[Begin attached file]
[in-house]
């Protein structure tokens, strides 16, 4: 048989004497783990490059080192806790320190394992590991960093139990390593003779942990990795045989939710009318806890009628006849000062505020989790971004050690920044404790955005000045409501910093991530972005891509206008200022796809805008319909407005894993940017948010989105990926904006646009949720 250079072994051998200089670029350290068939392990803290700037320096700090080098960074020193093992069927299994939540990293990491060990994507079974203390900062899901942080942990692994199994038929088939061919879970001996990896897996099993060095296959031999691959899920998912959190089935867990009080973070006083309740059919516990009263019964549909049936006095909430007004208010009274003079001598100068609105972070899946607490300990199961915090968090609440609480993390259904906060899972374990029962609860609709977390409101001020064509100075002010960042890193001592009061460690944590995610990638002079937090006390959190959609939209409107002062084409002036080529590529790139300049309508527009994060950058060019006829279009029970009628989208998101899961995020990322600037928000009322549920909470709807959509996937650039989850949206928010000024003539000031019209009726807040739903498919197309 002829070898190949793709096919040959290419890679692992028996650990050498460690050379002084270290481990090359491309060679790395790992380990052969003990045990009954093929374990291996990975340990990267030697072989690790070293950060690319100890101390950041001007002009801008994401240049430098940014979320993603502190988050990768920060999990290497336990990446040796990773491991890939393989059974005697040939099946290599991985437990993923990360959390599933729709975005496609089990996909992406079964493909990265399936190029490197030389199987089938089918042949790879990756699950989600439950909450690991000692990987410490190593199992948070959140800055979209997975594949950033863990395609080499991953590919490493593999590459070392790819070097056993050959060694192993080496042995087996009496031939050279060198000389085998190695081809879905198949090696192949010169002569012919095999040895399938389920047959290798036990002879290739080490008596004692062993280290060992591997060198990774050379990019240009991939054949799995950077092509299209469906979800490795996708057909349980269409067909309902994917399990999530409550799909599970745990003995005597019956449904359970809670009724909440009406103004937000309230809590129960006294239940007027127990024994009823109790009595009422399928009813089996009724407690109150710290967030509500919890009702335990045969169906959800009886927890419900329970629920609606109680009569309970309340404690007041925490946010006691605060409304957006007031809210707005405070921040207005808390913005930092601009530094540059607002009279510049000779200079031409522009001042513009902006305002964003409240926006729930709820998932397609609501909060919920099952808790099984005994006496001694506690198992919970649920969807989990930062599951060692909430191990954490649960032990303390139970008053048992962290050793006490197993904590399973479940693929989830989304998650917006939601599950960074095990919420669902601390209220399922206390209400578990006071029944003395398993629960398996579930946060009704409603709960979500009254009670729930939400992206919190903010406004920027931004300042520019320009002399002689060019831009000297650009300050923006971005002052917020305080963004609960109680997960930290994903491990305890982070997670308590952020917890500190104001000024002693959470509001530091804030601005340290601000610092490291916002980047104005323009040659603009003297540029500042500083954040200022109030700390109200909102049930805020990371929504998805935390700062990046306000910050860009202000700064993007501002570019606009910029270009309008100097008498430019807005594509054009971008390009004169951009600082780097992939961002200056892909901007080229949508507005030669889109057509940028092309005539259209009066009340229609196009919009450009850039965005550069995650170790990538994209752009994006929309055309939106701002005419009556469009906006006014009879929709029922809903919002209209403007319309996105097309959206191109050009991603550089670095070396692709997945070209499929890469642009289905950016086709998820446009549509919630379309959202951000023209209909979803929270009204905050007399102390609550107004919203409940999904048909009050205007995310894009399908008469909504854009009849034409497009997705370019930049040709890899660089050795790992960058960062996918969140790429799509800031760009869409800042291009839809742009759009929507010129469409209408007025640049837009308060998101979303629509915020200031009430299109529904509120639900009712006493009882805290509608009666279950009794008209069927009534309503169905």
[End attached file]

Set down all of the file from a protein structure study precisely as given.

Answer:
[in-house]
């Protein structure tokens, strides 16, 4: 048989004497783990490059080192806790320190394992590991960093139990390593003779942990990795045989939710009318806890009628006849000062505020989790971004050690920044404790955005000045409501910093991530972005891509206008200022796809805008319909407005894993940017948010989105990926904006646009949720 250079072994051998200089670029350290068939392990803290700037320096700090080098960074020193093992069927299994939540990293990491060990994507079974203390900062899901942080942990692994199994038929088939061919879970001996990896897996099993060095296959031999691959899920998912959190089935867990009080973070006083309740059919516990009263019964549909049936006095909430007004208010009274003079001598100068609105972070899946607490300990199961915090968090609440609480993390259904906060899972374990029962609860609709977390409101001020064509100075002010960042890193001592009061460690944590995610990638002079937090006390959190959609939209409107002062084409002036080529590529790139300049309508527009994060950058060019006829279009029970009628989208998101899961995020990322600037928000009322549920909470709807959509996937650039989850949206928010000024003539000031019209009726807040739903498919197309 002829070898190949793709096919040959290419890679692992028996650990050498460690050379002084270290481990090359491309060679790395790992380990052969003990045990009954093929374990291996990975340990990267030697072989690790070293950060690319100890101390950041001007002009801008994401240049430098940014979320993603502190988050990768920060999990290497336990990446040796990773491991890939393989059974005697040939099946290599991985437990993923990360959390599933729709975005496609089990996909992406079964493909990265399936190029490197030389199987089938089918042949790879990756699950989600439950909450690991000692990987410490190593199992948070959140800055979209997975594949950033863990395609080499991953590919490493593999590459070392790819070097056993050959060694192993080496042995087996009496031939050279060198000389085998190695081809879905198949090696192949010169002569012919095999040895399938389920047959290798036990002879290739080490008596004692062993280290060992591997060198990774050379990019240009991939054949799995950077092509299209469906979800490795996708057909349980269409067909309902994917399990999530409550799909599970745990003995005597019956449904359970809670009724909440009406103004937000309230809590129960006294239940007027127990024994009823109790009595009422399928009813089996009724407690109150710290967030509500919890009702335990045969169906959800009886927890419900329970629920609606109680009569309970309340404690007041925490946010006691605060409304957006007031809210707005405070921040207005808390913005930092601009530094540059607002009279510049000779200079031409522009001042513009902006305002964003409240926006729930709820998932397609609501909060919920099952808790099984005994006496001694506690198992919970649920969807989990930062599951060692909430191990954490649960032990303390139970008053048992962290050793006490197993904590399973479940693929989830989304998650917006939601599950960074095990919420669902601390209220399922206390209400578990006071029944003395398993629960398996579930946060009704409603709960979500009254009670729930939400992206919190903010406004920027931004300042520019320009002399002689060019831009000297650009300050923006971005002052917020305080963004609960109680997960930290994903491990305890982070997670308590952020917890500190104001000024002693959470509001530091804030601005340290601000610092490291916002980047104005323009040659603009003297540029500042500083954040200022109030700390109200909102049930805020990371929504998805935390700062990046306000910050860009202000700064993007501002570019606009910029270009309008100097008498430019807005594509054009971008390009004169951009600082780097992939961002200056892909901007080229949508507005030669889109057509940028092309005539259209009066009340229609196009919009450009850039965005550069995650170790990538994209752009994006929309055309939106701002005419009556469009906006006014009879929709029922809903919002209209403007319309996105097309959206191109050009991603550089670095070396692709997945070209499929890469642009289905950016086709998820446009549509919630379309959202951000023209209909979803929270009204905050007399102390609550107004919203409940999904048909009050205007995310894009399908008469909504854009009849034409497009997705370019930049040709890899660089050795790992960058960062996918969140790429799509800031760009869409800042291009839809742009759009929507010129469409209408007025640049837009308060998101979303629509915020200031009430299109529904509120639900009712006493009882805290509608009666279950009794008209069927009534309503169905």